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She will pursue a Ph.D. in mechanical engineering at Johns Hopkins University. By Daniel Stefan ’10

Meghan Vellotti ’08 has received a Steinman Fellowship from the National Society of Professional Engineers, which she will use to obtain a Ph.D. in mechanical engineering at Johns Hopkins University.

The $10,000 grant is awarded to engineering students who have distinguished themselves at the undergraduate level and plan to pursue a graduate degree in engineering. Vellotti, who graduated in May with a degree in mechanical engineering, hopes to become a professor after receiving her Ph.D.

See a list of recent Lafayette recipients of national and international scholarships and fellowships for undergraduate and post-graduate study. For information on applying for scholarships and fellowships, contact Julia A. Goldberg, associate dean of the College, (610) 330-5521.

Vellotti took advantage of many opportunities at Lafayette for undergraduate research and close student-faculty interaction.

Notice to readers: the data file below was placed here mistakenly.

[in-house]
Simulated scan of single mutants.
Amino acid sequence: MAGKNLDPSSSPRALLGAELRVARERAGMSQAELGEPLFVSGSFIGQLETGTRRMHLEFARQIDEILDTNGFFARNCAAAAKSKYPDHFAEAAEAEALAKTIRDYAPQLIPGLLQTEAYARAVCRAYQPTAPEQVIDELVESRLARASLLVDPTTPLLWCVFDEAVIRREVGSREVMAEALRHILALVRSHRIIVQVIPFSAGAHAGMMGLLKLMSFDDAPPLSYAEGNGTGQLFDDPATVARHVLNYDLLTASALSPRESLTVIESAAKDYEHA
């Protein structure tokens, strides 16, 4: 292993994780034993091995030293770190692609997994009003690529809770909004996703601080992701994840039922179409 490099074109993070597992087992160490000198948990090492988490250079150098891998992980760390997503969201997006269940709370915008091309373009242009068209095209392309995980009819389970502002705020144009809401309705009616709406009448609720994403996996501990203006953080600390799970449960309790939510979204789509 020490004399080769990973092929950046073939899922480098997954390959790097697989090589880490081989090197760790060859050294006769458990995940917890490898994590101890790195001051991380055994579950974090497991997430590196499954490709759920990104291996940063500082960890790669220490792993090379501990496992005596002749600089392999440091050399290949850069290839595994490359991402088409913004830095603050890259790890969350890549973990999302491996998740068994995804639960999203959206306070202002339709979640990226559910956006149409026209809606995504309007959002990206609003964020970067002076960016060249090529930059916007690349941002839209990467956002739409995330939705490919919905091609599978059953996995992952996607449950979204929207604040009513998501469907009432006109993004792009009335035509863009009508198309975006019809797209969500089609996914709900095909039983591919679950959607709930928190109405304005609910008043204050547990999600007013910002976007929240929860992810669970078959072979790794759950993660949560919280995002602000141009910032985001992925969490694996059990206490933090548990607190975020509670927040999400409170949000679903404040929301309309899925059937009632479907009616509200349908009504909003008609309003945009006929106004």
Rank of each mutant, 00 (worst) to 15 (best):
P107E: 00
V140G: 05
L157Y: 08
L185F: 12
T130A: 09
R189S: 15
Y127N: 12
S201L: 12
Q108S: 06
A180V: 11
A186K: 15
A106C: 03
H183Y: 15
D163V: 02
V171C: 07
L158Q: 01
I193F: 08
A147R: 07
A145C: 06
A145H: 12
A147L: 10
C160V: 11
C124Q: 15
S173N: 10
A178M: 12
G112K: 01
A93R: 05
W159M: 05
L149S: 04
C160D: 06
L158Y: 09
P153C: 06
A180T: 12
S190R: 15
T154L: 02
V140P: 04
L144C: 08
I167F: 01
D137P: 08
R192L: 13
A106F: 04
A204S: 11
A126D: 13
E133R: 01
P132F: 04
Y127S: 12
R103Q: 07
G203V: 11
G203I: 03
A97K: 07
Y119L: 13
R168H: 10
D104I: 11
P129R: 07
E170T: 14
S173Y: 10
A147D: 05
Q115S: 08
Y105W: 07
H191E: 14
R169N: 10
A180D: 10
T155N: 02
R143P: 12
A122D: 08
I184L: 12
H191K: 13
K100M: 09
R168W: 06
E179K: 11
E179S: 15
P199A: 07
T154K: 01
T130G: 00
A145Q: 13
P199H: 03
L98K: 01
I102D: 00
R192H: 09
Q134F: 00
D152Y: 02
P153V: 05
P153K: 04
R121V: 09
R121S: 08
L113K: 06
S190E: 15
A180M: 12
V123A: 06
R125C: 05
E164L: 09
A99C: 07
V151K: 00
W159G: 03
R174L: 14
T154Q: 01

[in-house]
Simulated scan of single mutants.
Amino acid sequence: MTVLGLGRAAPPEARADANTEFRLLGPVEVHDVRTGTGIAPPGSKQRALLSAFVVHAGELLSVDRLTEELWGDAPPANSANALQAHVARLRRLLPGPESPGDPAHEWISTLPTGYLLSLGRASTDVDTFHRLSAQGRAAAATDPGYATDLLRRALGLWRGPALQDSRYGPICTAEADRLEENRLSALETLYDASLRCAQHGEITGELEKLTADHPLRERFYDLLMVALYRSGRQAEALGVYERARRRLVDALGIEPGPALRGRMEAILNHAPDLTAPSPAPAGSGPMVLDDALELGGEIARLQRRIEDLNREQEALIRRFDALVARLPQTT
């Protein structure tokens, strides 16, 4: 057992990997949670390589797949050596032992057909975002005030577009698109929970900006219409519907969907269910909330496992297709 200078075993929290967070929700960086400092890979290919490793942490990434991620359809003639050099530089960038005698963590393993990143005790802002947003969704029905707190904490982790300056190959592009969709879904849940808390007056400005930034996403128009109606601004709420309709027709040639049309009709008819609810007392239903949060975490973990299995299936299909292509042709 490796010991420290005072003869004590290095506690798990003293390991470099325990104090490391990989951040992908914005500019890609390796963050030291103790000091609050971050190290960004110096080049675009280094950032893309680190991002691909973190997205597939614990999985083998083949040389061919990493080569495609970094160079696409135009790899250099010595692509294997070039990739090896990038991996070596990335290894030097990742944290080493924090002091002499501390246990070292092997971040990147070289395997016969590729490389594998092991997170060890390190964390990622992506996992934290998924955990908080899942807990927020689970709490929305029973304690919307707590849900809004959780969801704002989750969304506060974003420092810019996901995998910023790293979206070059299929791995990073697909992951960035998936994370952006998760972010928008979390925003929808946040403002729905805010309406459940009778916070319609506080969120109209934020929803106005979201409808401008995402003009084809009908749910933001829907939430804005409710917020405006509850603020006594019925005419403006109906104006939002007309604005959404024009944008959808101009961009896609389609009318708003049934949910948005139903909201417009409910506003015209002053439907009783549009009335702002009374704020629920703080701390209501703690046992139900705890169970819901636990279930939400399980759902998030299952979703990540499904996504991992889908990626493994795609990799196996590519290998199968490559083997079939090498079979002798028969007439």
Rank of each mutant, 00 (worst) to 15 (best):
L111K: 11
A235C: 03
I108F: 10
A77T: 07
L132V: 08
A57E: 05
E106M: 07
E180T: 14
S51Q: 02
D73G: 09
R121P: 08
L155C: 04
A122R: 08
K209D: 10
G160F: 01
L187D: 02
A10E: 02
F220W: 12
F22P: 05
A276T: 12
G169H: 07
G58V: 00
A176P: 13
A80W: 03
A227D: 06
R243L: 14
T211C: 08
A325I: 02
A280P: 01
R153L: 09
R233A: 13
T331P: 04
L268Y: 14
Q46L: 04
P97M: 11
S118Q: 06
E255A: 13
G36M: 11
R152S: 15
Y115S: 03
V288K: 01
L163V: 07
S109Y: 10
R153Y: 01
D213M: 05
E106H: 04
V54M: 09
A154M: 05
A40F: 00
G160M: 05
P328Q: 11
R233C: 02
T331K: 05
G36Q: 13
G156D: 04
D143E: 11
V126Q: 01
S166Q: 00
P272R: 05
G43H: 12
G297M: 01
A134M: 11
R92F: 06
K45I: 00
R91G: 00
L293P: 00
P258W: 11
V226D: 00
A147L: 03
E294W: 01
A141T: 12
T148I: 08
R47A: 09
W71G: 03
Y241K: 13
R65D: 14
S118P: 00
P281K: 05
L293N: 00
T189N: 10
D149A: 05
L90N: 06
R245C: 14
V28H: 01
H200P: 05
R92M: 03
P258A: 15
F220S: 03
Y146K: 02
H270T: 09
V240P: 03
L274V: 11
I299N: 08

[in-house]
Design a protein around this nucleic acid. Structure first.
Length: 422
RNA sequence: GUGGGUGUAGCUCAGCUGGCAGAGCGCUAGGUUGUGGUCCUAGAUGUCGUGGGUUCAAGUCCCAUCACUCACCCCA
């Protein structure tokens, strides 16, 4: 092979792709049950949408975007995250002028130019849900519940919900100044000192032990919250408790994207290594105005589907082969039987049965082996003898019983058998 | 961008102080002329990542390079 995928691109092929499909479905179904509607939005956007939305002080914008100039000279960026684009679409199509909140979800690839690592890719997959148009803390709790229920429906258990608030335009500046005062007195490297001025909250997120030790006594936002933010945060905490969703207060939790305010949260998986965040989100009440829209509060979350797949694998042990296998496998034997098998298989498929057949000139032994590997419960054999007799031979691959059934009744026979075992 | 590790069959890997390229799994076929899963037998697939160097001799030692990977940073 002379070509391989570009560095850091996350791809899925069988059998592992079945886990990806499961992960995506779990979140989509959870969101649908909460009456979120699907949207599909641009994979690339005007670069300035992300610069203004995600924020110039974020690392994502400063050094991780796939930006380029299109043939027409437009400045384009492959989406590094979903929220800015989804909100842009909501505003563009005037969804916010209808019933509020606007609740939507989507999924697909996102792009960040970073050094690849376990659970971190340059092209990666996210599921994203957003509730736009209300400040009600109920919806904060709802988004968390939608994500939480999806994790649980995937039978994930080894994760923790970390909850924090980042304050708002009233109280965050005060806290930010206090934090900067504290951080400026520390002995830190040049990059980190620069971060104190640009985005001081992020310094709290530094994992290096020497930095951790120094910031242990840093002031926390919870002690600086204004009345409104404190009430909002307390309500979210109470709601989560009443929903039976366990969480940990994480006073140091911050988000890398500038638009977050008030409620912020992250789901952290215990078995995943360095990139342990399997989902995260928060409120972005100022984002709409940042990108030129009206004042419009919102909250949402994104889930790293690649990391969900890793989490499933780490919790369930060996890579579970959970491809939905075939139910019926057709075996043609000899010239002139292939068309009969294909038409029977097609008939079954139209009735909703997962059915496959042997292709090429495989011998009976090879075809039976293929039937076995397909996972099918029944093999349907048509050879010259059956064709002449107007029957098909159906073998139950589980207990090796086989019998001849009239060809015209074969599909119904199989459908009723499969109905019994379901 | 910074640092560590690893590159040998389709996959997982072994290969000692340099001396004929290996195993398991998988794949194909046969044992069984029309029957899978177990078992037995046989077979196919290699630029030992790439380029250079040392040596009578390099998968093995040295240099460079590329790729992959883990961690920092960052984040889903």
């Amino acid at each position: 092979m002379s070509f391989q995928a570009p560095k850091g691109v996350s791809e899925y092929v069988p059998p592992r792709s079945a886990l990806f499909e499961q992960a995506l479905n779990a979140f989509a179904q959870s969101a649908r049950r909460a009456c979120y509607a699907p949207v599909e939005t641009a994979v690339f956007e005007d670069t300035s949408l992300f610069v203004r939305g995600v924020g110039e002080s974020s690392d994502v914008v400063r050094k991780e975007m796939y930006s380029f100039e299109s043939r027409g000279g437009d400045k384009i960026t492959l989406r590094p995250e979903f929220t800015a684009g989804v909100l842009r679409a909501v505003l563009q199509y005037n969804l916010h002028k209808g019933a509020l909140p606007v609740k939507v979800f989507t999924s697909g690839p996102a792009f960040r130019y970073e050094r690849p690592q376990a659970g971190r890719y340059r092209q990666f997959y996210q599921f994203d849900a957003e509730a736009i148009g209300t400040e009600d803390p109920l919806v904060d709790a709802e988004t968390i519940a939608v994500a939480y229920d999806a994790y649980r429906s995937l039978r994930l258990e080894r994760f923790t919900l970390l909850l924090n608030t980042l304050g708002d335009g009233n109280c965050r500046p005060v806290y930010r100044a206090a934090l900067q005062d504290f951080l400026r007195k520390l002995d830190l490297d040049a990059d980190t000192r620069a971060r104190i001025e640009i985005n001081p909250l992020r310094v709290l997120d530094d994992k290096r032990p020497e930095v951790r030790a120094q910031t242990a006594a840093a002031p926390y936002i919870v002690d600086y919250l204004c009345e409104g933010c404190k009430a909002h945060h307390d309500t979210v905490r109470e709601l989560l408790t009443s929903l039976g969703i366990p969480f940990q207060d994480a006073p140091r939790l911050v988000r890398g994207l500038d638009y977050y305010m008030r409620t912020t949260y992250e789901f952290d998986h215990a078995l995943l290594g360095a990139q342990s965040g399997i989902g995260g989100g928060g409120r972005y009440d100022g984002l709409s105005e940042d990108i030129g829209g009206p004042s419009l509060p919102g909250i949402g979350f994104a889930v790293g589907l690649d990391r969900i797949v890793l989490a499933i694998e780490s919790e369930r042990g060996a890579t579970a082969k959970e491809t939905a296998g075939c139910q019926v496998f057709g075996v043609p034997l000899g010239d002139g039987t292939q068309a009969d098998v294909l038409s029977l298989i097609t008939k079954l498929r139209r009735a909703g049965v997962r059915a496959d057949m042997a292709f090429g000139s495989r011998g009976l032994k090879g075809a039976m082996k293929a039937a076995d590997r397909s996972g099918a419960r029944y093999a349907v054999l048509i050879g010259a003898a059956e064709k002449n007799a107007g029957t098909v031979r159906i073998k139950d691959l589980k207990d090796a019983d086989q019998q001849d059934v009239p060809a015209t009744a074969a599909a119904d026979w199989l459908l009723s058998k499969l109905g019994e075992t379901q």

She applied mechanical engineering principles to biological problems in her honors thesis. Her work, which was guided by Joshua Smith, assistant professor of mechanical engineering, focused on how the infusion of a drug affects spinal cord flow. She also spent a semester in Brussels, Belgium, studying engineering, art history, languages, and culture in a program headed by Scott Hummel, associate professor of mechanical engineering.

“There were great opportunities both in and out of the classroom, including my honors thesis, which gave me a head start in the research aspect,” says Vellotti. “I loved the close interaction among professors and students and was able to learn so much from my peers, professors, and faculty advisor. Lafayette provided a family environment for people to help each other out.”

A Trustee Scholar, Vellotti was a member of the Pep Band, College Choir, and also served a summer internship in the research and development department of Johnson & Johnson Ethicon, a medical instrument company.

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